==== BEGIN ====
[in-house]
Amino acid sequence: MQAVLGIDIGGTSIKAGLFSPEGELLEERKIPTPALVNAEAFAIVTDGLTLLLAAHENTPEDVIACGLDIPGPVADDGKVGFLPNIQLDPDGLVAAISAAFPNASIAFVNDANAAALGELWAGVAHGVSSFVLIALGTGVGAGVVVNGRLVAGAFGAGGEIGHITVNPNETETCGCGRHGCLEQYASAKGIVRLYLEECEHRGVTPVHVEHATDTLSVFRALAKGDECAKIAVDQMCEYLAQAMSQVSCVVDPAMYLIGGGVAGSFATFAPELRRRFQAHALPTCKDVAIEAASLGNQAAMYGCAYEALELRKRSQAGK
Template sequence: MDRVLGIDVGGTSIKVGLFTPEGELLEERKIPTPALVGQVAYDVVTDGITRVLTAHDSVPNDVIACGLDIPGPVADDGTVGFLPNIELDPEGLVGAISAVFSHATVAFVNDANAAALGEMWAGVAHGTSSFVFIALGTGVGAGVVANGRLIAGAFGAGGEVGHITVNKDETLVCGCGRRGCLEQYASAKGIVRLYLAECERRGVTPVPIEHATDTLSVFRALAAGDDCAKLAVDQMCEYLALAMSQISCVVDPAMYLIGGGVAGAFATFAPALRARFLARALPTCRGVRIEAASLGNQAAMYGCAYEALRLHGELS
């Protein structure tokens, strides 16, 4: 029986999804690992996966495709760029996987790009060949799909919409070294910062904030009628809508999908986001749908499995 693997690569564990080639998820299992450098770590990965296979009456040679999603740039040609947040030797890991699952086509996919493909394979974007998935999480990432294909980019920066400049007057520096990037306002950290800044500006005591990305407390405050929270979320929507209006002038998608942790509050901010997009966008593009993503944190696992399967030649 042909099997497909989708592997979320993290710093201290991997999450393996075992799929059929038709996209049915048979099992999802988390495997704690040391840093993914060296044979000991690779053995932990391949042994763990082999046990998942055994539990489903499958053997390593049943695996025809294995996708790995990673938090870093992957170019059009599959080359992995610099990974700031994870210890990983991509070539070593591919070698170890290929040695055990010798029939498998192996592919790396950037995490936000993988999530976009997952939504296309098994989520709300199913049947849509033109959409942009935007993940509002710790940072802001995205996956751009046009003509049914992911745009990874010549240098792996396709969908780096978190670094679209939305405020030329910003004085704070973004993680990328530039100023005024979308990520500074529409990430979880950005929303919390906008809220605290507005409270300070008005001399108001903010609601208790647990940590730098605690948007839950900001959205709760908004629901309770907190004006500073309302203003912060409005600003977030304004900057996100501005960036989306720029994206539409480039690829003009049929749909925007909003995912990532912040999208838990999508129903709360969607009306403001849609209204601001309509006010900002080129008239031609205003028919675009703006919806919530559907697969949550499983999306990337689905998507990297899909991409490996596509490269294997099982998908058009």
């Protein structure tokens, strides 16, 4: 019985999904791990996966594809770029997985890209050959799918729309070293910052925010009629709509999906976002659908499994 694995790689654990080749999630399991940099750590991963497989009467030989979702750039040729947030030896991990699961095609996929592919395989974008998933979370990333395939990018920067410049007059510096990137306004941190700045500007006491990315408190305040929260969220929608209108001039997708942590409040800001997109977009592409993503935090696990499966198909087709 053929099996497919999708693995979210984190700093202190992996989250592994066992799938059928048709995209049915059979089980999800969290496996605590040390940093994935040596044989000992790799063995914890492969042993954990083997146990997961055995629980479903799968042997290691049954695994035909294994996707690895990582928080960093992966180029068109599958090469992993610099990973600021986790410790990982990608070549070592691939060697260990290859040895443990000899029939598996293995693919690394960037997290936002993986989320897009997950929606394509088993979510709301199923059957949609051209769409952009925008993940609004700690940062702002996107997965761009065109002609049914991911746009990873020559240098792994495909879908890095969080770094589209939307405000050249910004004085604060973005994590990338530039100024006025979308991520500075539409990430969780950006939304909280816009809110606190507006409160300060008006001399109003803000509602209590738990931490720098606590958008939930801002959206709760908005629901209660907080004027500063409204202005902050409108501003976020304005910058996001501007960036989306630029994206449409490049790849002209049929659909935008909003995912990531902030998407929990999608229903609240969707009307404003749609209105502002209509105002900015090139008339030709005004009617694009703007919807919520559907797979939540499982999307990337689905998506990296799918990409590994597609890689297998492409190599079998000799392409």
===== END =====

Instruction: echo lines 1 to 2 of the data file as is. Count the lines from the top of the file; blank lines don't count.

[in-house]
Amino acid sequence: MQAVLGIDIGGTSIKAGLFSPEGELLEERKIPTPALVNAEAFAIVTDGLTLLLAAHENTPEDVIACGLDIPGPVADDGKVGFLPNIQLDPDGLVAAISAAFPNASIAFVNDANAAALGELWAGVAHGVSSFVLIALGTGVGAGVVVNGRLVAGAFGAGGEIGHITVNPNETETCGCGRHGCLEQYASAKGIVRLYLEECEHRGVTPVHVEHATDTLSVFRALAKGDECAKIAVDQMCEYLAQAMSQVSCVVDPAMYLIGGGVAGSFATFAPELRRRFQAHALPTCKDVAIEAASLGNQAAMYGCAYEALELRKRSQAGK